Monday, October 3, 2011
Donatello and Leatherhead #3
Publication date: September, 1993
Script: Stanley Wiater
Pencils: Garret Ho
Inks: Marc Schirmeister
Letters: Gary Fields
Colors: Barry Grossman
Edits: Dean Clarrain (Steve Murphy)
Dino Scoops: Victor Gorelick
Cover: Garrett Ho and...? (can't read the signature)
“Attack of the Amazons”
On the beach, Andresla, leader of the Amazons, orders Donatello and Emur to surrender as prisoners. Don and Emur only want to rescue Leatherhead and know what country in the Hollow Earth they’ve landed in, but the Amazons are insistent on a battle. Don and Emur make a break for one of the winged horses, but the equine refuses to fly at their command. Andresla informs them that the horses haven’t flown in a long while, as they fear the strange crafts in the sky. Suddenly, a giant armored worm bursts out of the sand. Don and Emur leap onto its head and Don sends it packing with several stabs of his spear to its tender underbelly. Andresla is impressed by Don and Emur’s bravery and agrees to help them find their lost friend.
Riding in the chariots, Andresla tells Don that the strange crafts come from a city called Darkuroz, one of the last outposts of the Atlanteans. Following a golden road, they believe they’ll find Leatherhead along the way. They do, though he doesn’t need any rescuing. Leatherhead was able to speak to his pterodon “cousins” and convince them to help them in their journey. Spooked by a sudden earthquake, the flying horses take to the sky along with the pterodons and the heroes head for Darkuroz by air.
They eventually find the El Dorado-like golden city, but they’re welcomed by several of the UFOs that brought them all to the Hollow Earth in the first place. Forcing them to land in the center of the city, Murtal steps out of one of the craft. Don and Leatherhead have had just about enough of this and demand answers. Murtal complies and removes his holographic disguise, revealing himself to be a lanky, bug-eyed creature.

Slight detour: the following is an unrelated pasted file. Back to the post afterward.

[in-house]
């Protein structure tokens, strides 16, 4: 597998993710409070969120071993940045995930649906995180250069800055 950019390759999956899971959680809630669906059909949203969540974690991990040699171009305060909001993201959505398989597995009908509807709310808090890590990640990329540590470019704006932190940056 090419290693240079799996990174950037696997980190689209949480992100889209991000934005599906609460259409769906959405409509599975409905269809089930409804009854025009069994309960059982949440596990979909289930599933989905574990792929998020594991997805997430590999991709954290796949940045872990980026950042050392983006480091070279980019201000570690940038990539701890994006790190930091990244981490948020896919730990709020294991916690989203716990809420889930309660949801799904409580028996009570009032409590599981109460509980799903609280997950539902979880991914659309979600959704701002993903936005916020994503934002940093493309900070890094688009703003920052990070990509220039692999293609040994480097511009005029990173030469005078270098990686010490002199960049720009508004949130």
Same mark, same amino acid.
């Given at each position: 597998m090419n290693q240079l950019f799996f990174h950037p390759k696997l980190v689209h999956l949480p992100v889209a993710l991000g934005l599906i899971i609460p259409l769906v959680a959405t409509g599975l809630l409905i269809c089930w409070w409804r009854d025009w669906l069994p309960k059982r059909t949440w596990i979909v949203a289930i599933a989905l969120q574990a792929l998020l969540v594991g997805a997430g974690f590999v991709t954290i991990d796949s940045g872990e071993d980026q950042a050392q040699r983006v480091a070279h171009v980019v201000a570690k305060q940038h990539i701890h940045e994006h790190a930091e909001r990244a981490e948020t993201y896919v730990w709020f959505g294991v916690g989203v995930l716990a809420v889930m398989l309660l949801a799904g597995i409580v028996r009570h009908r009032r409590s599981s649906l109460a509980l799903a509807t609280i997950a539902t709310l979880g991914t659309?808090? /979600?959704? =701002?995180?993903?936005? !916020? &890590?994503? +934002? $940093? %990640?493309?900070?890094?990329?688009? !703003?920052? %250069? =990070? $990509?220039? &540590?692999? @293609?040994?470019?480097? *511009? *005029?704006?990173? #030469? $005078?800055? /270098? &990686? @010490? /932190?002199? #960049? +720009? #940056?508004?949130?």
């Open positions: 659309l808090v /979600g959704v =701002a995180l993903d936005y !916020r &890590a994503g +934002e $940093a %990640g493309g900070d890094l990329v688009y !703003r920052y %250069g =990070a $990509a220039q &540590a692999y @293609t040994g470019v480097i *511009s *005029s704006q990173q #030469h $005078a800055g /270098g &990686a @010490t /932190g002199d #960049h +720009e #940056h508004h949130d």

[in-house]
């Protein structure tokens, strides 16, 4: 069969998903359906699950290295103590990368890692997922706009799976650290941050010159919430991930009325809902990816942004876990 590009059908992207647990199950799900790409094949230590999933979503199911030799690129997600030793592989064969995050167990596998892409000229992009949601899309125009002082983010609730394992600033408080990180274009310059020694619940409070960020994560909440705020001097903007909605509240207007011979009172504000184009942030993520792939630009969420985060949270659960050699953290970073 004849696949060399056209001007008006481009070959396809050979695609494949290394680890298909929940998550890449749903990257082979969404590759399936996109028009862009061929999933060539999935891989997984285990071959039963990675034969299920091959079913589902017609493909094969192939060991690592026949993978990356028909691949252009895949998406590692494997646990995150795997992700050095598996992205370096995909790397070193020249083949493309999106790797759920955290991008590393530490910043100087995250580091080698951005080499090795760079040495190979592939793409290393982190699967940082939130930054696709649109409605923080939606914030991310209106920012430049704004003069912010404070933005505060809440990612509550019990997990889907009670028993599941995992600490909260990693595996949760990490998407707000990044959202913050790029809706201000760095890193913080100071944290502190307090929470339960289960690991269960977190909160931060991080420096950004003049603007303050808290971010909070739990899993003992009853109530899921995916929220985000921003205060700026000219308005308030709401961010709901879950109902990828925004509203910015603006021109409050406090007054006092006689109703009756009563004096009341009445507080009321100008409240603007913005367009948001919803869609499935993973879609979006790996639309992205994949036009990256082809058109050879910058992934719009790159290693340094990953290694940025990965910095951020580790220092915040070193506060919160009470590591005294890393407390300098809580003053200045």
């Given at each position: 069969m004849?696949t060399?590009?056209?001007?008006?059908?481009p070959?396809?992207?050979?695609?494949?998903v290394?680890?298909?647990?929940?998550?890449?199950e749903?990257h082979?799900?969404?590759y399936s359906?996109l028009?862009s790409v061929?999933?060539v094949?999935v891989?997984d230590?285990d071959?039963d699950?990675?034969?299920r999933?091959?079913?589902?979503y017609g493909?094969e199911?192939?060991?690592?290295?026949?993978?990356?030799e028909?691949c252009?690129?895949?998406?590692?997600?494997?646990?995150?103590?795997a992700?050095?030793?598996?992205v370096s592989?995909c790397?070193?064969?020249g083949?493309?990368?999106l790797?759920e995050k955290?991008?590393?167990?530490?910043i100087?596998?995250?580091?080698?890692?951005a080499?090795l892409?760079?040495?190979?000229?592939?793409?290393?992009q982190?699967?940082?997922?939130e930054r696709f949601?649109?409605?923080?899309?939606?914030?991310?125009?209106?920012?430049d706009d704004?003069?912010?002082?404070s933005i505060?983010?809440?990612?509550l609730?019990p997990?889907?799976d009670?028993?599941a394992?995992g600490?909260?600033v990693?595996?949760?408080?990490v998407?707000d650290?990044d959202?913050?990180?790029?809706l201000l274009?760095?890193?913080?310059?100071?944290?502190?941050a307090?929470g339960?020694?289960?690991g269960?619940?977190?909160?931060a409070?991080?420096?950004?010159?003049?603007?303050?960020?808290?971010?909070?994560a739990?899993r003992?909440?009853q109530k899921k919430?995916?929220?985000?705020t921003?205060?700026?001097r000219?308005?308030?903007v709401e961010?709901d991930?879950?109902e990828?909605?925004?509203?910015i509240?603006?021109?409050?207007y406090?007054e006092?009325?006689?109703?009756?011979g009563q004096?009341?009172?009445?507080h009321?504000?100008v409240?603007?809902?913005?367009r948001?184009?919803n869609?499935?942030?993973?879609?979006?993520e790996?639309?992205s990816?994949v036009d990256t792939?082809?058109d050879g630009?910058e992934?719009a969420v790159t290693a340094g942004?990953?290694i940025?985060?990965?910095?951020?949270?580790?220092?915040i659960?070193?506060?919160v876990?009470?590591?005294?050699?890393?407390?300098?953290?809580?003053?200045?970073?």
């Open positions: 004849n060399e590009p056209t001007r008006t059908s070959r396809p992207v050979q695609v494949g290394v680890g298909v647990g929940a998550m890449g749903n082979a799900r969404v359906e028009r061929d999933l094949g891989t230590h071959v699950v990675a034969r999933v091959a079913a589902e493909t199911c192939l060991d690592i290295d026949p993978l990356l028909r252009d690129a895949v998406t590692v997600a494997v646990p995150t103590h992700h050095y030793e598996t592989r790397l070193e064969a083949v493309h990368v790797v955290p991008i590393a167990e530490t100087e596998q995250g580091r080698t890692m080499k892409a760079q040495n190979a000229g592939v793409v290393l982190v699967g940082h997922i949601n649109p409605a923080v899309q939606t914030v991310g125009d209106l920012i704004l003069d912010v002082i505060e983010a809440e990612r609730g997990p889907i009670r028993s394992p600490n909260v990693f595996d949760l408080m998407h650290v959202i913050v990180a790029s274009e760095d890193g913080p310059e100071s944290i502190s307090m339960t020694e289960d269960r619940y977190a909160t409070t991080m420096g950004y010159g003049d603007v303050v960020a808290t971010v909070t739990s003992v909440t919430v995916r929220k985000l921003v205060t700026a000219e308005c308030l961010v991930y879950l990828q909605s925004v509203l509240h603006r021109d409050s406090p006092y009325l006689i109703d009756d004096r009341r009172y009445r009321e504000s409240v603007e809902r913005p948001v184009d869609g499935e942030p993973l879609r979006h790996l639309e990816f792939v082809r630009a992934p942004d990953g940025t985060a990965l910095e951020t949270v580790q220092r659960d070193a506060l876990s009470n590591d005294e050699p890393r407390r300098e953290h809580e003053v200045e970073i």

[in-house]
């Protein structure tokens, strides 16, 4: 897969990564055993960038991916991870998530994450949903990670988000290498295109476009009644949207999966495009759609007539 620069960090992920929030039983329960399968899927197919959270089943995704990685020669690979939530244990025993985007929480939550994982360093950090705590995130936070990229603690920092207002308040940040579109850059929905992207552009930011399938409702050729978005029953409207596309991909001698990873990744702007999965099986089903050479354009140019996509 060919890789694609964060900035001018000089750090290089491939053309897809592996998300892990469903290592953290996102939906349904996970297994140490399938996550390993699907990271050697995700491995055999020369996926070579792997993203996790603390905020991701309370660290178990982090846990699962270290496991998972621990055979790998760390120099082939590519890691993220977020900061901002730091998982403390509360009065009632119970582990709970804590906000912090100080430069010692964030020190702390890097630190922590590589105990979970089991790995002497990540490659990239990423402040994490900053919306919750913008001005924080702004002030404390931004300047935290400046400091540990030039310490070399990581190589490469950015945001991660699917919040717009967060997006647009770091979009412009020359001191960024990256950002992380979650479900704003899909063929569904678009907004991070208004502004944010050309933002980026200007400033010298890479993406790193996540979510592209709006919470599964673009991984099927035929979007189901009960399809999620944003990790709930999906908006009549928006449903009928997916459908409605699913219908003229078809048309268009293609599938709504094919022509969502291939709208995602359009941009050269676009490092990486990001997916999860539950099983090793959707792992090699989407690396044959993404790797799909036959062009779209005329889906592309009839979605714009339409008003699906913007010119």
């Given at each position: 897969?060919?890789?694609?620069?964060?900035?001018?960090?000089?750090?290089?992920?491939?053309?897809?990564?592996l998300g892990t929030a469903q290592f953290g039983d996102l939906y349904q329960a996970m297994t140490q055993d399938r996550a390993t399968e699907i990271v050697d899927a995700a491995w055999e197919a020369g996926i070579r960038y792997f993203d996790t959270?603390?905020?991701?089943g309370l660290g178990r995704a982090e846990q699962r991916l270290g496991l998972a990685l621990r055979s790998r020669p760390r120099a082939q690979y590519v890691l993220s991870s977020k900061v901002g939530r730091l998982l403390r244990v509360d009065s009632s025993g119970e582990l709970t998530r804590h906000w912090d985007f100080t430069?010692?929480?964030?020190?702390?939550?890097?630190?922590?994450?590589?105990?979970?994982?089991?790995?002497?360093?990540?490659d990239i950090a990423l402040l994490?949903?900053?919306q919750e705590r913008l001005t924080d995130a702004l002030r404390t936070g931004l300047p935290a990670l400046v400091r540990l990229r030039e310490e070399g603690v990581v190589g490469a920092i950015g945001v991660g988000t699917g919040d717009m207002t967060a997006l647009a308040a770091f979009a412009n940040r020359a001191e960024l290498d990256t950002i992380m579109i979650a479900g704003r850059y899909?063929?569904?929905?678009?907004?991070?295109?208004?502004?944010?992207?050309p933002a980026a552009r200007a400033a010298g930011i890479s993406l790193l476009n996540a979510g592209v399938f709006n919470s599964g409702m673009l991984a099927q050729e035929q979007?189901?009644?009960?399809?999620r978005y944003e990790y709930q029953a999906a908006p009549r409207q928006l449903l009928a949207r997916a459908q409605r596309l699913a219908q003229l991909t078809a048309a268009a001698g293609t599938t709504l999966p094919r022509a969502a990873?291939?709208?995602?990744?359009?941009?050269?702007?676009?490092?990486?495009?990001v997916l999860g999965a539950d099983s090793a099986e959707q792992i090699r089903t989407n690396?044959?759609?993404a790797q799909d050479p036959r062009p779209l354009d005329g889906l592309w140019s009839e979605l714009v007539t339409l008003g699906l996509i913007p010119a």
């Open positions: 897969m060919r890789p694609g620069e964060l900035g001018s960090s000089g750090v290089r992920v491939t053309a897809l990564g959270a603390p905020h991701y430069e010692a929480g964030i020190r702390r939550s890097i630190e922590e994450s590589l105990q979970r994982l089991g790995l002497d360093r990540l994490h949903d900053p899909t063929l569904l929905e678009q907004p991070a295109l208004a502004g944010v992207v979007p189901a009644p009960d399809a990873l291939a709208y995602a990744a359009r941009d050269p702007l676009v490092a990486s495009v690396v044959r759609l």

Murtal explains that he and the other Atlanteans accidentally destroyed their country ages ago during a military experiment. They fled to the Hollow Earth, as the radiation had mutated them into “alien” creatures. They then began kidnapping people throughout history in hopes of staving off their own loneliness, but their bizarre appearances kept them from interacting with other humans. Murtal kidnapped Donatello and Leatherhead after hearing of their exploits, believing that their ability to overcome their appearances in order to befriend humans could help them.
Andresla tells Murtal that she and the other Amazons would be happy to coexist with the Atlanteans so long as they shared their technology to help the people of the Hollow Earth live in peace. Murtal readily accepts her offer. Donatello tells Emur that he can return to the surface if he’d like, but he really thinks the boy has the potential to make a difference in the Hollow Earth. Emur decides that Don is right and agrees to stay, so long as Don and Leatherhead come back to visit every once and a while. Departing, Leatherhead watches the Amazons crowd around Emur and figures the kid won’t mind staying in the Hollow Earth one bit.
The UFO then carries Don and Leatherhead back to the junkyard in New York where it originally took them, and at the precise moment it took them, too. Exiting the craft, Don and Leatherhead suddenly forget everything that had just happened, though Don has a strange urge to build a tunneling machine to explore the interior of the Earth. Just then, Michaelangelo comes by, telling them that supper is ready.